S3E11: "But First, Let Paden Take a SELFie"

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Recorded (UTC) Aired (UTC) Editor
2018-06-09 04:00:00 2018-07-30 03:57:35 "Edita"
Format SHA256 GPG Audio File
MP3 c77d70206d9a7410effc15cb854e2a77947aba17e6f1374d84e92f32374b0e45 click click
OGG 80560138f113e02a13067fa4d741f6010c7cd568cc777126068b28b2fe9c1e2a click click

We mix up the format a bit this time — as in we don’t have one! This episode is like 95% Paden doing interviews at SELF (Southeast Linux Fest).


  • None!


Starts at 0m36s.

I was drinking nothing. Paden was drinking nothing. Jthan was unavailable for comment.

  • Paden was at SELF and did some interviews.
    • Jeremy Sands (who does some major work to make sure he gets SELF going in tip-top shape) — he self-describes as the “lead masochist” of SELF.
      • He wanted something “bigger than a LUG“.
      • He speaks about noticing a political influence on technical culture — he wants future SELF events to focus on welcoming a diversity of thought, encouraging the technical offerings over ideologies. “Embracing neutrality and meritocracy, the oldschool hacker way.”
      • He talks about comms for running a con: walkie-talkies/shared voice comms (“broadcast” comms) are out, push notification for text chat (e.g. Slack) is in.
      • The biggest hurdle he runs into is speakers not submitting slides early enough and HDMI capture hardware issues.
      • He scrubs attendee/registration data when it’s no longer needed (someone get this man a gold star!), and plans on airgapping for future data correlation if he needs to keep the data on-hand.

  • Kellin (Robert Marshall) (13m29s)
    • A software engineer (for Fedora releases with Red Hat) and a devops etc. lead for RetroMUD.
    • He talks about using containers for deployable isolation of services (e.g. older versions for libraries, etc.) and running faster tests.
    • He also talks about using containers to bring efficiency to other teams.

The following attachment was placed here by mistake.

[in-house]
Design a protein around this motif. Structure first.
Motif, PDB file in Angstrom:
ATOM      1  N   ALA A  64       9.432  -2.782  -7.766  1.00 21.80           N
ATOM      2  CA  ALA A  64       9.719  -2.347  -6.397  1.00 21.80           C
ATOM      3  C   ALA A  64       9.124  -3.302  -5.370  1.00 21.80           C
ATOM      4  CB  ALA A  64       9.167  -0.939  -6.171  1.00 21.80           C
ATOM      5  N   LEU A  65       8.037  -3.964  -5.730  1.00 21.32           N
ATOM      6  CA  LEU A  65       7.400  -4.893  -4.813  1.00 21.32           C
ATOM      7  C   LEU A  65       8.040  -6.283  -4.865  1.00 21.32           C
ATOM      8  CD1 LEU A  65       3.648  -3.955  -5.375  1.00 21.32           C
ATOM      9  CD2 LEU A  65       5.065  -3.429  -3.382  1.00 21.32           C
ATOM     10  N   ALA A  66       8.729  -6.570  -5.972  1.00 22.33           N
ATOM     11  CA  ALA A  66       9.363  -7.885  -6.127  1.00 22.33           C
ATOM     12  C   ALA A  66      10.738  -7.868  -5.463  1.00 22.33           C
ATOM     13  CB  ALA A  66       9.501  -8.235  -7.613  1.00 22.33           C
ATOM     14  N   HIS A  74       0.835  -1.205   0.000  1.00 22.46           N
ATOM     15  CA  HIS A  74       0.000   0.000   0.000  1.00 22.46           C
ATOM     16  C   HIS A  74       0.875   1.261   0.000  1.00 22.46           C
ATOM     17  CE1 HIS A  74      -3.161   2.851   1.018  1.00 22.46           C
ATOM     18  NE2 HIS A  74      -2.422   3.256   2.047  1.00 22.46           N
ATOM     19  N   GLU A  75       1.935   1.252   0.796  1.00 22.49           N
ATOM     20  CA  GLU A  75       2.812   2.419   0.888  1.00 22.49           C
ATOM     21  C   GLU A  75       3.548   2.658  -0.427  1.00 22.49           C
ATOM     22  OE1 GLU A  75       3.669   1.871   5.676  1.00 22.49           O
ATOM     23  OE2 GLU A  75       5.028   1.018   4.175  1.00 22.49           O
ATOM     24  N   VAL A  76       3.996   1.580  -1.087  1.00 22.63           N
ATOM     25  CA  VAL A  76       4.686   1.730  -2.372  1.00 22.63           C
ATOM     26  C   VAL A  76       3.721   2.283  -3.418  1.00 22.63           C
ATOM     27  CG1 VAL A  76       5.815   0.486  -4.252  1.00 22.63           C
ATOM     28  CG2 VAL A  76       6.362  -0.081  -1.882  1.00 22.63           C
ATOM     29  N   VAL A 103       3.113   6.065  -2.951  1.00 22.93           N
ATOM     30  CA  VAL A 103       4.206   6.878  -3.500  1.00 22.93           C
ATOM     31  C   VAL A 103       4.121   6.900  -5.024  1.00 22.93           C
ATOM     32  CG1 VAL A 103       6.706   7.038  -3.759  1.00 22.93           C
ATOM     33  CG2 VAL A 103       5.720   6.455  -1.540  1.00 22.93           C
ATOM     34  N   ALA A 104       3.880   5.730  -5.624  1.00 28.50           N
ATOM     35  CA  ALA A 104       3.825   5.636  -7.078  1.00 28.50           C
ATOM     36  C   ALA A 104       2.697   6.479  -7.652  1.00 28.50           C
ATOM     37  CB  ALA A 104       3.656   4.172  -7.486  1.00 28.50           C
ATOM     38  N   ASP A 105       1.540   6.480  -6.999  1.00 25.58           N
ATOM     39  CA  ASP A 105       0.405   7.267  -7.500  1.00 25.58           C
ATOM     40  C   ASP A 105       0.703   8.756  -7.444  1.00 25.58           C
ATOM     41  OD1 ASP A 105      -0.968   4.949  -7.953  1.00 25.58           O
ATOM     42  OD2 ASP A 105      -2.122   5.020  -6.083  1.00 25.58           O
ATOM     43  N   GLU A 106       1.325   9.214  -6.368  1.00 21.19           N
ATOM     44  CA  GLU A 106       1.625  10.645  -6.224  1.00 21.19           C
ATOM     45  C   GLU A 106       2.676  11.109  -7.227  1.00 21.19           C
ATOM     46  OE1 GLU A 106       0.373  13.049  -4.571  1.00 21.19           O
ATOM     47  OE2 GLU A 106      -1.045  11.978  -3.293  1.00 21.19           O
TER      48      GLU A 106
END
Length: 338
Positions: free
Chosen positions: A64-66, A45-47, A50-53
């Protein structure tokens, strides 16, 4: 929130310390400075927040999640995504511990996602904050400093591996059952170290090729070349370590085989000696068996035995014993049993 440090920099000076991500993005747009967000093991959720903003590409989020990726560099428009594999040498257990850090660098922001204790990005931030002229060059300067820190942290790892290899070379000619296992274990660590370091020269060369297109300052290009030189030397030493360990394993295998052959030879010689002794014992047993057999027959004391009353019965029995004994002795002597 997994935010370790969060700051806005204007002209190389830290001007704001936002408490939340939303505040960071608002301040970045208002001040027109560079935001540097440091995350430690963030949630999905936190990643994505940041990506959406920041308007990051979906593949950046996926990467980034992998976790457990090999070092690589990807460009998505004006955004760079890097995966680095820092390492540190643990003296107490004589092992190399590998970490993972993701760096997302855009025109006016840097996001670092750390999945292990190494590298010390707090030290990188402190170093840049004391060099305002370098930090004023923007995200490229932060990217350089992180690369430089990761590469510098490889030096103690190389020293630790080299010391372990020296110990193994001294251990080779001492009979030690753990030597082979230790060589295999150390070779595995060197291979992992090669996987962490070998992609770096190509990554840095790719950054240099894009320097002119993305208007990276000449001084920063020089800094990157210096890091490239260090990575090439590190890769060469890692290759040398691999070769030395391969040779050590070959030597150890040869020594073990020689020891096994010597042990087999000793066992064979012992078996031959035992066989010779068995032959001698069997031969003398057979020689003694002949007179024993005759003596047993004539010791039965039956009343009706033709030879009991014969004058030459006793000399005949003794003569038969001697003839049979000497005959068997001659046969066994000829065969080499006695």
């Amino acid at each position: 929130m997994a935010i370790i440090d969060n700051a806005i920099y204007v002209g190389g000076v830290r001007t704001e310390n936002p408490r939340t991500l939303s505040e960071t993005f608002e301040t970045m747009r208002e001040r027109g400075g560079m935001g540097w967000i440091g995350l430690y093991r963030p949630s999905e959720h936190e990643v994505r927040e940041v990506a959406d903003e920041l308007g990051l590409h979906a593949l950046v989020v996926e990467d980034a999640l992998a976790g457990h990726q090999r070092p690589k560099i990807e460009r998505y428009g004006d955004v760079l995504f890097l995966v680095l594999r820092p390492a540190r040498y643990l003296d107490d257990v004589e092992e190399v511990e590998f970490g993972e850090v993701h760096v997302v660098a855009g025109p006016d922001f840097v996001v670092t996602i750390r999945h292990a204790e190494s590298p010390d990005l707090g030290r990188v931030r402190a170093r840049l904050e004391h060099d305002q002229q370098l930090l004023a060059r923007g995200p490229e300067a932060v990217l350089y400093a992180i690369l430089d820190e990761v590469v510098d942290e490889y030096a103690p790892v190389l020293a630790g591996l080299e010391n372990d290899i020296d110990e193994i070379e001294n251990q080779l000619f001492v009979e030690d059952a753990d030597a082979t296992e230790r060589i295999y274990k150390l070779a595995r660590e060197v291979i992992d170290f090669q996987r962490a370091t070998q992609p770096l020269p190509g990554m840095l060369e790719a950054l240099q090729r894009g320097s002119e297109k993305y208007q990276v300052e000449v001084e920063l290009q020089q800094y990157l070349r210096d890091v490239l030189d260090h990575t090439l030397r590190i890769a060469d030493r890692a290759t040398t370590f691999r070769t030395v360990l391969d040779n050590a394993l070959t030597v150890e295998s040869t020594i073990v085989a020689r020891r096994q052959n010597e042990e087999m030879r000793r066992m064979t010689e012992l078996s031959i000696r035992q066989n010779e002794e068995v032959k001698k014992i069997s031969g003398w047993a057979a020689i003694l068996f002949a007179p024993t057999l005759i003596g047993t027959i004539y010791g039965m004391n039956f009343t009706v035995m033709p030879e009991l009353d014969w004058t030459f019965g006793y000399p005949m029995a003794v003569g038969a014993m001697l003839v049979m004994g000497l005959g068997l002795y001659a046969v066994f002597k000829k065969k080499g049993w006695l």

• Lastly, he recommends reading Dan Walsh’s blog for more information on containers.

  • Noah from the Ask Noah show on Jupiter Broadcasting. (28m09s)
    • “I am a Linux user that hosts a radio show; I am not a radio host that does a Linux show.” Same, fam; same.
    • He talks about the difficulty with running a full-F/LOSS stack. Sometimes proprietary software is necessary (but he still prefers to use F/LOSS when possible).
    • For the future, he sees a bigger focus on niche topics.
    • He makes the statement on Facebook/Zuckerberg, being a private company/owner, have the right to hold data retention (as long as it’s outlined in the Terms of Service/EULA/etc.), because these things are agreed to by the users. (I can definitely see his point.)
    • He supports Right to Repair. Hardware shouldn’t need to be opensourced, necessarily, but users shouldn’t be dissuaded (legally or otherwise) from taking the risk of self-repair.
    • 3D-printing a firearm, controlled-ownership keys (police handcuff keys, elevator keys, etc.), according to Noah, is a free-speech issue. He doesn’t advocate piracy, but he also encourages a realistic view of duplication of data. He finds that arbitrary legislation on 3D-printing certain items vs. other items is a slippery slope.
    • Per Noah, Net Neutrality is a difficult topic (well-said): on one hand, the government should not make decisions on how the Internet should be run/accessed. Businesses also should not take advantage of leeway given to them. He speaks to how lines being buried were done as a private venture, and the investments providers put into these should able to be respected.
    • He believes the key to increased competition between ISPs and telcos (and thus better service/better pricing) is deregulation.

Sysbadministration Award

In this segment, we highlight system administration mistakes. Think of them as the IT equivalent of the Darwin Awards.

In this episode, we had no Baddie!



Music Credits
Track Title Artist Link Copyright/License
Intro Anoitecer (Nightfall) Guifrog click CC-BY 3.0
Outro Palms and Seagulls Timecrawler 82 click CC-BY 4.0
(All music is royalty-free, properly licensed for use, used under fair use, or public domain.)



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